I couldn't find any gramar rule that says "* and he" is incorrect.

However, I found out that "he and *" is more common/idiomatic.

Are constructions like "his wife and he" or "her friends and she" incorrect/uncommon? Why or why not?

Example sentence: "His wife and he went to Hawaii last week."

1 Answer 1


There's no rule against it. It's much more common to say "he and his wife", "she and her friends", etc. But switching the order is perfectly correct.


In general I'd say to use the more conventional order. But if you have some reason to reverse it -- emphasis, parallel with another sentence, whatever -- it's perfectly fine.

  • 1
    You should know about false positives in Ngrams. It cannot be cited without checking that the instances actually include the phrase unadulterated. For example: … And the miller awoke, and found not his wife ; and he went into the mill2he was unduly pessimistic about his relationship with his wife, and he agrees that this is certainly a pattern for him3the man who worked as foreman in the bicycle factory killed his wife and he is now in the courts4And the men of the place asked him of his wife; and he said, She is my sister:…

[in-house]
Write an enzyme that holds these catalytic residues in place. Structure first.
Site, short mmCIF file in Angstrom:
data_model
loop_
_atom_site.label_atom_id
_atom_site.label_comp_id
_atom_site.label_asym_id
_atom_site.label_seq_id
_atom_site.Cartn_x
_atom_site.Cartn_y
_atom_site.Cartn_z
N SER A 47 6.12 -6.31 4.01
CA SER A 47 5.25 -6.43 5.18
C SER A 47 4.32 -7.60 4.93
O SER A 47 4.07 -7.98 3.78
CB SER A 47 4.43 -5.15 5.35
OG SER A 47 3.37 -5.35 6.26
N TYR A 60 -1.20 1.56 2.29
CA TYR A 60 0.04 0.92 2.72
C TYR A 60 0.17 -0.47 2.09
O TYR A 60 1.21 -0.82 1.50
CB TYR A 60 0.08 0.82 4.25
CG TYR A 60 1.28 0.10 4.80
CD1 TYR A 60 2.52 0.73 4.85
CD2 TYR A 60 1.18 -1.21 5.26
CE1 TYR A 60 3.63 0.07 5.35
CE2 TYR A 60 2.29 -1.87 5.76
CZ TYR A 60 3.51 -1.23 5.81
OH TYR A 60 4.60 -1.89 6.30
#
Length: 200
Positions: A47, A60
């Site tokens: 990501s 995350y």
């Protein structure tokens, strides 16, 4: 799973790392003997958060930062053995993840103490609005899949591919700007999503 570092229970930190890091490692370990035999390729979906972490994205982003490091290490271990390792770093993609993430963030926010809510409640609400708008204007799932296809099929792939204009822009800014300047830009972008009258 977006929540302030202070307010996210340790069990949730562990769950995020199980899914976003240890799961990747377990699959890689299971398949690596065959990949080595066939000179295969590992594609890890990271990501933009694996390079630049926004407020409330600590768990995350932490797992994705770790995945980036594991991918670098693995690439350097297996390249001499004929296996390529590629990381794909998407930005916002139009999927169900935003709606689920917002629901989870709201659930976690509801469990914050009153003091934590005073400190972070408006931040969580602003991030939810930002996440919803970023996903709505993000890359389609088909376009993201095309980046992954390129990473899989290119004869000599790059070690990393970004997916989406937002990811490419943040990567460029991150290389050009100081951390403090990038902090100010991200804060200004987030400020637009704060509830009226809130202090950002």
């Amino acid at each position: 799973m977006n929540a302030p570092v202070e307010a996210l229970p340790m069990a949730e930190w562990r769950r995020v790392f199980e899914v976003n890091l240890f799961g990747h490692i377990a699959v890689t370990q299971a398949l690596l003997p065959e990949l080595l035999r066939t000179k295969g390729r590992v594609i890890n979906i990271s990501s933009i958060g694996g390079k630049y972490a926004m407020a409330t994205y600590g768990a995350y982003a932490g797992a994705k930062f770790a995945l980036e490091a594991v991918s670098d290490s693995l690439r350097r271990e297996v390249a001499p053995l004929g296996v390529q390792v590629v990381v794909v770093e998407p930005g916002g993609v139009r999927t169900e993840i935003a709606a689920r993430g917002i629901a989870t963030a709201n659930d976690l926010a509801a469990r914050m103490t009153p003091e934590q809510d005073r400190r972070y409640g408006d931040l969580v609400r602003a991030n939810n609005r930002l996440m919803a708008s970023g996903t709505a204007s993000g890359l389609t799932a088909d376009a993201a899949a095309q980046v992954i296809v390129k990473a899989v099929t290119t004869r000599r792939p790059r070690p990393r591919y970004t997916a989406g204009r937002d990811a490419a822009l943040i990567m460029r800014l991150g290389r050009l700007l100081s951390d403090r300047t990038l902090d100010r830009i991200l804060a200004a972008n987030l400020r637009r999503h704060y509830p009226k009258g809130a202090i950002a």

– Mari-Lou A
    Jul 2, 2020 at 17:37
  • 1
    @Mari-LouA Fair enough. Is it your position that "his wife and he" is wrong? Or just the the ngram is misleading?
    – Jay
    Jul 2, 2020 at 19:37
  • 1
    I would say native speakers never use that order. It's confusing it sounds like a same sex marriage, nothing wrong with that but I had to read the statement twice before I realised the female spouse headed the phrase.
    – Mari-Lou A
    Jul 2, 2020 at 19:37

You must log in to answer this question.

Not the answer you're looking for? Browse other questions tagged .